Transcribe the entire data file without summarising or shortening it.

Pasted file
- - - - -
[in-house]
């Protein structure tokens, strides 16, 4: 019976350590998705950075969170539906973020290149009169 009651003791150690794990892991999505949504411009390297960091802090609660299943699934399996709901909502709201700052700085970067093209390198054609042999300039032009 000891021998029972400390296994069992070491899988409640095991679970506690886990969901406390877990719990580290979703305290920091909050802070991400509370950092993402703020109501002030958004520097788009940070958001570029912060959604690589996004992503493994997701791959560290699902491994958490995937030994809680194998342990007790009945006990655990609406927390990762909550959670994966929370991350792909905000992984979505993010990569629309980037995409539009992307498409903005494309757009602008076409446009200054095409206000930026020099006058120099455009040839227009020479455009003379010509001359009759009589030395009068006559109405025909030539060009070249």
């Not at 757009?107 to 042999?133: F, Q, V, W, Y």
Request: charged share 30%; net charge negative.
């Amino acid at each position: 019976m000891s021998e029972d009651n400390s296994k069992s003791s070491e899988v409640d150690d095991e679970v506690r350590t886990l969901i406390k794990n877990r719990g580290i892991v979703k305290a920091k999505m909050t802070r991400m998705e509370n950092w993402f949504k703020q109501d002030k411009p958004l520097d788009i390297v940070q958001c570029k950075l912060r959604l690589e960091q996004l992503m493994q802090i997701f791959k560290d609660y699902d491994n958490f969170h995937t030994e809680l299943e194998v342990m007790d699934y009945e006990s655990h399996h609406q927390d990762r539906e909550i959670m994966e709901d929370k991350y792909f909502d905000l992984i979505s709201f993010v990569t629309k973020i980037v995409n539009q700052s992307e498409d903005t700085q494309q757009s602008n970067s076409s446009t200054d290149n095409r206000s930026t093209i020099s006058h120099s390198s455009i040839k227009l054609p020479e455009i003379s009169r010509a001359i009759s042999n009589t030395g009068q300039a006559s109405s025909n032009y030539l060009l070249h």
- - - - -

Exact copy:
[in-house]
């Protein structure tokens, strides 16, 4: 019976350590998705950075969170539906973020290149009169 009651003791150690794990892991999505949504411009390297960091802090609660299943699934399996709901909502709201700052700085970067093209390198054609042999300039032009 000891021998029972400390296994069992070491899988409640095991679970506690886990969901406390877990719990580290979703305290920091909050802070991400509370950092993402703020109501002030958004520097788009940070958001570029912060959604690589996004992503493994997701791959560290699902491994958490995937030994809680194998342990007790009945006990655990609406927390990762909550959670994966929370991350792909905000992984979505993010990569629309980037995409539009992307498409903005494309757009602008076409446009200054095409206000930026020099006058120099455009040839227009020479455009003379010509001359009759009589030395009068006559109405025909030539060009070249």
């Not at 757009?107 to 042999?133: F, Q, V, W, Y």
Request: charged share 30%; net charge negative.
């Amino acid at each position: 019976m000891s021998e029972d009651n400390s296994k069992s003791s070491e899988v409640d150690d095991e679970v506690r350590t886990l969901i406390k794990n877990r719990g580290i892991v979703k305290a920091k999505m909050t802070r991400m998705e509370n950092w993402f949504k703020q109501d002030k411009p958004l520097d788009i390297v940070q958001c570029k950075l912060r959604l690589e960091q996004l992503m493994q802090i997701f791959k560290d609660y699902d491994n958490f969170h995937t030994e809680l299943e194998v342990m007790d699934y009945e006990s655990h399996h609406q927390d990762r539906e909550i959670m994966e709901d929370k991350y792909f909502d905000l992984i979505s709201f993010v990569t629309k973020i980037v995409n539009q700052s992307e498409d903005t700085q494309q757009s602008n970067s076409s446009t200054d290149n095409r206000s930026t093209i020099s006058h120099s390198s455009i040839k227009l054609p020479e455009i003379s009169r010509a001359i009759s042999n009589t030395g009068q300039a006559s109405s025909n032009y030539l060009l070249h």